By the Staff at Dirt Wheels – Photos by Justin Coffey

Photo by Justiin Coffey

At 27 years old, Julian Hoefert isn’t old enough to remember the time when Dean Sundahl dominated Baja on an ATC, and yet he just became the first ironman racer to finish Best In The Desert’s famed Vegas to Reno off-road race on an ATC250R.

His race machine was originally built nearly 40 years ago, and while it’s set up for the rigors of desert racing – with beadlock wheels, an oversized fuel tank, and plenty of storage for tools and spare parts – it still looks very much original. Hoefert oversaw and completed much of the build himself, along with some help from Goobtech Racing for electrical/lighting setup and final engine race prep from Paulbilt Racing.

Taking the green flag, the trike class was off, with Hoefert starting in fourth position out of five in the three-wheeler class. Hoefert was the only rider racing solo. One hour into his race, all was going well as Hoefert was battling through the dust ahead of him.

“I was following someone’s dust when a motorcycle passed me at race speed. A few seconds later, I saw the motorcycle flying above the dust,” said Hoefert. “I stopped to check on him, and I could hear him screaming before I even shut off my bike. He was awake and saying that he broke his femur.” Hoefert cut the rider’s pants to ensure there wasn’t any life-threatening bleeding and then made phone calls for assistance. He stayed with the injured racer for about an hour until a rescue team arrived to provide first aid and an eventual helicopter ride.

Back on course, Hoefert had clean air ahead of him due to the downtime, but he knew the 140mph trophy trucks, buggy, and side-by-side racers, which started a few hours behind the handlebar classes, would be knocking on his rear grab bar soon enough.

At pit five and race mile 200, the lead trucks caught and passed Hoefert in a wall of dust. This would be the norm for the next few hundred miles after good sportsmanship put Hoefert well behind the rest of his class. It’s enough to make most call it a day, but Hoefert pressed on.

“I think it was around miles 300 to 350 that I found three-wheeler #495 on the side of the track,” said Hoefert. The trike looked rough, but with a little help and MacGyvering, they got it rolling again. I let his crew know at the next pit what they needed to get it back into racing shape.”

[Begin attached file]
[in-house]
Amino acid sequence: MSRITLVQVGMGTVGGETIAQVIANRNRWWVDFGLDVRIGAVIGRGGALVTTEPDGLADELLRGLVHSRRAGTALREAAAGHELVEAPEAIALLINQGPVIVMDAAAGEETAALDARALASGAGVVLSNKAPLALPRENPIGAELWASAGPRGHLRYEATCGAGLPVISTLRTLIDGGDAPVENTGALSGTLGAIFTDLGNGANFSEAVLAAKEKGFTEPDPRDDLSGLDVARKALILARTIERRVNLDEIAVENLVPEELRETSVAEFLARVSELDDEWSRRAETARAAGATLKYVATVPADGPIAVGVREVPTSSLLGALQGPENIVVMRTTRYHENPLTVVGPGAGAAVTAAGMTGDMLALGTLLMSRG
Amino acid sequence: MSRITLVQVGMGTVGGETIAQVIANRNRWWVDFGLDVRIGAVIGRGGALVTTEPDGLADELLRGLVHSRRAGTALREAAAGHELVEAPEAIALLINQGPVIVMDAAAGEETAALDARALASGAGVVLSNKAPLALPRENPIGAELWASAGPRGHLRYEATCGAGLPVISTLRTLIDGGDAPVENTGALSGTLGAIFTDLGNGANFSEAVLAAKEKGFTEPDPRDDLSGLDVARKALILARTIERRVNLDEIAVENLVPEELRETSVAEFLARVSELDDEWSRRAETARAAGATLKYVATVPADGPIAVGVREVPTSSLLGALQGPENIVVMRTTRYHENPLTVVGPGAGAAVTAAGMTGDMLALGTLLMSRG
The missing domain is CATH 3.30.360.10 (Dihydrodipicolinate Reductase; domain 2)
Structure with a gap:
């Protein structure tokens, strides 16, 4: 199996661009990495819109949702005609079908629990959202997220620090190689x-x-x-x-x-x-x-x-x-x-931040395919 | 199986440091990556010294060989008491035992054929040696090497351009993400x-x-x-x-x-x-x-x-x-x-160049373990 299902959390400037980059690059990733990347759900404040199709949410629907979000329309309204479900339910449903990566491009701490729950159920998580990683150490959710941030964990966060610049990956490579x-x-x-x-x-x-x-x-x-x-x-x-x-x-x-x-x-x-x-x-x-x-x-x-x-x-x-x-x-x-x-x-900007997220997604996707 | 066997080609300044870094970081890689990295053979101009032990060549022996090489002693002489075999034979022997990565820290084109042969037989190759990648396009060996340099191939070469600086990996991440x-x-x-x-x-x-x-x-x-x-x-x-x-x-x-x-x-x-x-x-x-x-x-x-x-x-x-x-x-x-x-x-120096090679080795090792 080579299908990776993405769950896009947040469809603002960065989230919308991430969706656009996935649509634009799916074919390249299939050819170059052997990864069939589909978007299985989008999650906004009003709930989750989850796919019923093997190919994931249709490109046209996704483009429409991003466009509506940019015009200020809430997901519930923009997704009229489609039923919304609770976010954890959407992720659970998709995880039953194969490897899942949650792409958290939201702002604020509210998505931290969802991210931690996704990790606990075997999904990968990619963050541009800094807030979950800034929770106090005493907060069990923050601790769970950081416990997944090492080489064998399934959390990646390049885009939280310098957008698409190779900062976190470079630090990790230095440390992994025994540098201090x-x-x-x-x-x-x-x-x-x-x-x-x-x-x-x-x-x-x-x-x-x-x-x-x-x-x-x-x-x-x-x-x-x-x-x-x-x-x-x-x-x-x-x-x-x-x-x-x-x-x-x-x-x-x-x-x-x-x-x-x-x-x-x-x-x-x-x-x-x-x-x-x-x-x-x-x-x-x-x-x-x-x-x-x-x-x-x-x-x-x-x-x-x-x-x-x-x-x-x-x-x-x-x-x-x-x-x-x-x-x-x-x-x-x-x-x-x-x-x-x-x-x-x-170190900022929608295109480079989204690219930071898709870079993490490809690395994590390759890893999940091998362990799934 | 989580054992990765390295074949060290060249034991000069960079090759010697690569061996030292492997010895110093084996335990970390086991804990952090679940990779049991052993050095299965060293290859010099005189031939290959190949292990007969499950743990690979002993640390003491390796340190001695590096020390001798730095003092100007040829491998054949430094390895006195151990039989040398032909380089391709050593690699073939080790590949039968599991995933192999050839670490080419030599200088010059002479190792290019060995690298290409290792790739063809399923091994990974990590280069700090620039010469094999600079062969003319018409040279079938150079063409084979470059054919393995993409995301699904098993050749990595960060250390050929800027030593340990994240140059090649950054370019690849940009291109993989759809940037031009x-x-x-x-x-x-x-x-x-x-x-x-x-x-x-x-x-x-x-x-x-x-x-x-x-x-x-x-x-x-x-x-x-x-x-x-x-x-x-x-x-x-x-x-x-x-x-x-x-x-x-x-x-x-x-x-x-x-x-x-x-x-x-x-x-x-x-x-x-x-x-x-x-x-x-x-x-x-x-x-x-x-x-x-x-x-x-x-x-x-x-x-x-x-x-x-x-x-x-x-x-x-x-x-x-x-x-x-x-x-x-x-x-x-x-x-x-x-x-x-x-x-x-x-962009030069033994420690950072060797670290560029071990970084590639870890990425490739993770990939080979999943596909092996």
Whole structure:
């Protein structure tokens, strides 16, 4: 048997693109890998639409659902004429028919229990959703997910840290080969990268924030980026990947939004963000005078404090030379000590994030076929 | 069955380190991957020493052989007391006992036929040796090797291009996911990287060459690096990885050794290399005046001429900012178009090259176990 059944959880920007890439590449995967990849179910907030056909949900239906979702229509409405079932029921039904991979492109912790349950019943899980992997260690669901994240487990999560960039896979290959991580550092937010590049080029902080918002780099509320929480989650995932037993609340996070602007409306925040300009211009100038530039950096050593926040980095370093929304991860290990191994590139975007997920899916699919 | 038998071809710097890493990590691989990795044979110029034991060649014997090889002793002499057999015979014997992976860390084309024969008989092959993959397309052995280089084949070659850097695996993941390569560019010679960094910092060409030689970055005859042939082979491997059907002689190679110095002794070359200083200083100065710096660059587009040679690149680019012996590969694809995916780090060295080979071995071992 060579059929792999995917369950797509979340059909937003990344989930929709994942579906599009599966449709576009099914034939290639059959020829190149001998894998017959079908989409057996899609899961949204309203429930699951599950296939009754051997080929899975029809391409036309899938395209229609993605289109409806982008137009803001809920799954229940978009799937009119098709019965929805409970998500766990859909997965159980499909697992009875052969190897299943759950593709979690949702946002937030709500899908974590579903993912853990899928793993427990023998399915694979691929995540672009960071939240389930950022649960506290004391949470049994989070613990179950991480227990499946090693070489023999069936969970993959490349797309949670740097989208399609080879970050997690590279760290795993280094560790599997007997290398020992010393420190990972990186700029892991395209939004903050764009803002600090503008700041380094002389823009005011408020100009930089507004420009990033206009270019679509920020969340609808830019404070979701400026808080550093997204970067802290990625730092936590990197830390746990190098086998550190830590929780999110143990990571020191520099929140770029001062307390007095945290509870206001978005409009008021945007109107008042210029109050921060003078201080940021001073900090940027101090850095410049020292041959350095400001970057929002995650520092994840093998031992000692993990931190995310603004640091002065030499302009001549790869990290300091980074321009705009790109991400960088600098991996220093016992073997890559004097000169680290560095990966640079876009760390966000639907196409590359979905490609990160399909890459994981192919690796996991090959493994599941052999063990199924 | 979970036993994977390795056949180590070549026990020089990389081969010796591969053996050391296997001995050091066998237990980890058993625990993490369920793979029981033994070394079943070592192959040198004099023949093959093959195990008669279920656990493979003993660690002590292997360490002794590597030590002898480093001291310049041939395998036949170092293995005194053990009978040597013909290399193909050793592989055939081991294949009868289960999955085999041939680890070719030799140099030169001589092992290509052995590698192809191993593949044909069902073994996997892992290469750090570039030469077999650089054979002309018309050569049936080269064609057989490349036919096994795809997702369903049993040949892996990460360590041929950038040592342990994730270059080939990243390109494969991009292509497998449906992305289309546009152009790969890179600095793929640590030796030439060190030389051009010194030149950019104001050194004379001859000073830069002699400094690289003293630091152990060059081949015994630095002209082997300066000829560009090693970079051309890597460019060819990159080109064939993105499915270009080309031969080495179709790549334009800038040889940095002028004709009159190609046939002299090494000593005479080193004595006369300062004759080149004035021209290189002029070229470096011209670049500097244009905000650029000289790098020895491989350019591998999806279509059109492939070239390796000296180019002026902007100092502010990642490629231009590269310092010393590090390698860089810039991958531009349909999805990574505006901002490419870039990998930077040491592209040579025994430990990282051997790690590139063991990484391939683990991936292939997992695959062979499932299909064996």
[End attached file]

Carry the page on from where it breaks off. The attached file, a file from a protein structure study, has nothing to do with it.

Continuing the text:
Photo by Justiin Coffey

Near race mile 400, Hoefert hit a rock and blew out a rear tire but was able to get going with help from the #495 pit crew. Darkness had settled in when Hoefert lost another tire near race mile 450. His lights were also failing due to his battery coming loose. He secured the battery with zip ties and a tire patch and then limped the ATC into pit 12 for a fresh set of tires. He’d deal with a few more tire failures before the race was over.

The racecourse got progressively more challenging as Hoefert neared the finish line, with steep elevation change, embedded boulder sections, and mud. In one last act of sportsmanship, Hoefert helped a motorcycle rider get up a final hill leading to the finish line.

Hoefert’s 521-mile adventure ended as he crossed the finish line at 3:43 a.m., spending over 22 hours on and off the saddle of his trusty ATC250R. “I rode up on the finish line stage and broke into tears,” Hoefert recollected. “I was so happy it was over. I had to take a minute before I could give my finish line speech, which I had been thinking about for the last 300 miles.”

“It was an awesome experience. I’m glad I did it. I actually held up better than I thought I would,” claimed Hoefert. “I want to thank my awesome chase crew, who made everything seamless and did a perfect job. They got me to the finish line! I’d also like to thank Paul at Paulbilt Racing. I did not have a single hiccup with my engine the entire race. It ran perfectly 100% of the time, and I can still ride it this weekend. I’d also like to thank Wrangell at Goobtech Racing, who made me an awesome skid plate and the headlight setup that turned night into day. I’d like to thank Brian at San Diego Small Engine for going through my suspension. He definitely made my ride comfortable. Finally, I’d like to thank all my friends who donated funds and bought T-shirts. You allowed me to be able to live my dream!”

Best In The Desert rewards racers for the time they spend helping downed riders by tracking the minutes via transponder and then subtracting them from the racer’s start-to-finish time. When the dust cleared, Hoefert emerged in 3rd place.

Congrats Julian! You beat the desert riding solo, and that’s always a win in our book.

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